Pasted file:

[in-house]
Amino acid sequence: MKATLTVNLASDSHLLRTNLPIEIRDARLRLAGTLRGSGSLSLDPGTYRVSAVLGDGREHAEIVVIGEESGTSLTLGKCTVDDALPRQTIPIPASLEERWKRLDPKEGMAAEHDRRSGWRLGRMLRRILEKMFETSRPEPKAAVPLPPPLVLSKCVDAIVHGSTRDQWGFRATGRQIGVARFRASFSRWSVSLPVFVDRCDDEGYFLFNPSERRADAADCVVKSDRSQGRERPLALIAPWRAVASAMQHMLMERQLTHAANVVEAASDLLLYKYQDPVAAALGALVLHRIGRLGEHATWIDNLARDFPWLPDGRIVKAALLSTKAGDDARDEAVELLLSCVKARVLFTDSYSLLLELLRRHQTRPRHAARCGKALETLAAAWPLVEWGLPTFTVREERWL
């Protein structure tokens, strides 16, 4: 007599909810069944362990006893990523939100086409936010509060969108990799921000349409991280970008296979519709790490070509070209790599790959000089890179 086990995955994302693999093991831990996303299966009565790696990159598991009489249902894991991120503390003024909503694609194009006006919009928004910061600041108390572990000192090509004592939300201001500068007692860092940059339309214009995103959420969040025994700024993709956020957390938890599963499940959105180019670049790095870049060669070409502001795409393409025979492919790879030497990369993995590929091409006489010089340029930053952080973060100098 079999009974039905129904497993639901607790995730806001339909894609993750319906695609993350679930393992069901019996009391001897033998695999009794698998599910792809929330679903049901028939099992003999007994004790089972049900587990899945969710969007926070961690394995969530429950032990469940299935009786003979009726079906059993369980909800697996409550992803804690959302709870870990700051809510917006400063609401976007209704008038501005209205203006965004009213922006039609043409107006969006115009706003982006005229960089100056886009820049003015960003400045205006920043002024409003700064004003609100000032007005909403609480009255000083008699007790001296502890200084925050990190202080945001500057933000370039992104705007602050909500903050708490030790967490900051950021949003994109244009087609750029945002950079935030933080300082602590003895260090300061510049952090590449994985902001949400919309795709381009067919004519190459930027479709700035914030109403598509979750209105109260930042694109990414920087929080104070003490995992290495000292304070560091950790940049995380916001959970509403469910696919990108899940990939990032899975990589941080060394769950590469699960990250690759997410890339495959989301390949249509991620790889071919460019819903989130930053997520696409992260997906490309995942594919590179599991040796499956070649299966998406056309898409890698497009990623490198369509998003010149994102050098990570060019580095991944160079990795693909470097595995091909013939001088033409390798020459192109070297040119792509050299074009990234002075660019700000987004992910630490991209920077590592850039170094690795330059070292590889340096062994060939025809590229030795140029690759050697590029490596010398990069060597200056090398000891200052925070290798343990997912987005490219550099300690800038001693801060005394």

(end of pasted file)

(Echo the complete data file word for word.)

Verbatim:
[in-house]
Amino acid sequence: MKATLTVNLASDSHLLRTNLPIEIRDARLRLAGTLRGSGSLSLDPGTYRVSAVLGDGREHAEIVVIGEESGTSLTLGKCTVDDALPRQTIPIPASLEERWKRLDPKEGMAAEHDRRSGWRLGRMLRRILEKMFETSRPEPKAAVPLPPPLVLSKCVDAIVHGSTRDQWGFRATGRQIGVARFRASFSRWSVSLPVFVDRCDDEGYFLFNPSERRADAADCVVKSDRSQGRERPLALIAPWRAVASAMQHMLMERQLTHAANVVEAASDLLLYKYQDPVAAALGALVLHRIGRLGEHATWIDNLARDFPWLPDGRIVKAALLSTKAGDDARDEAVELLLSCVKARVLFTDSYSLLLELLRRHQTRPRHAARCGKALETLAAAWPLVEWGLPTFTVREERWL
């Protein structure tokens, strides 16, 4: 007599909810069944362990006893990523939100086409936010509060969108990799921000349409991280970008296979519709790490070509070209790599790959000089890179 086990995955994302693999093991831990996303299966009565790696990159598991009489249902894991991120503390003024909503694609194009006006919009928004910061600041108390572990000192090509004592939300201001500068007692860092940059339309214009995103959420969040025994700024993709956020957390938890599963499940959105180019670049790095870049060669070409502001795409393409025979492919790879030497990369993995590929091409006489010089340029930053952080973060100098 079999009974039905129904497993639901607790995730806001339909894609993750319906695609993350679930393992069901019996009391001897033998695999009794698998599910792809929330679903049901028939099992003999007994004790089972049900587990899945969710969007926070961690394995969530429950032990469940299935009786003979009726079906059993369980909800697996409550992803804690959302709870870990700051809510917006400063609401976007209704008038501005209205203006965004009213922006039609043409107006969006115009706003982006005229960089100056886009820049003015960003400045205006920043002024409003700064004003609100000032007005909403609480009255000083008699007790001296502890200084925050990190202080945001500057933000370039992104705007602050909500903050708490030790967490900051950021949003994109244009087609750029945002950079935030933080300082602590003895260090300061510049952090590449994985902001949400919309795709381009067919004519190459930027479709700035914030109403598509979750209105109260930042694109990414920087929080104070003490995992290495000292304070560091950790940049995380916001959970509403469910696919990108899940990939990032899975990589941080060394769950590469699960990250690759997410890339495959989301390949249509991620790889071919460019819903989130930053997520696409992260997906490309995942594919590179599991040796499956070649299966998406056309898409890698497009990623490198369509998003010149994102050098990570060019580095991944160079990795693909470097595995091909013939001088033409390798020459192109070297040119792509050299074009990234002075660019700000987004992910630490991209920077590592850039170094690795330059070292590889340096062994060939025809590229030795140029690759050697590029490596010398990069060597200056090398000891200052925070290798343990997912987005490219550099300690800038001693801060005394």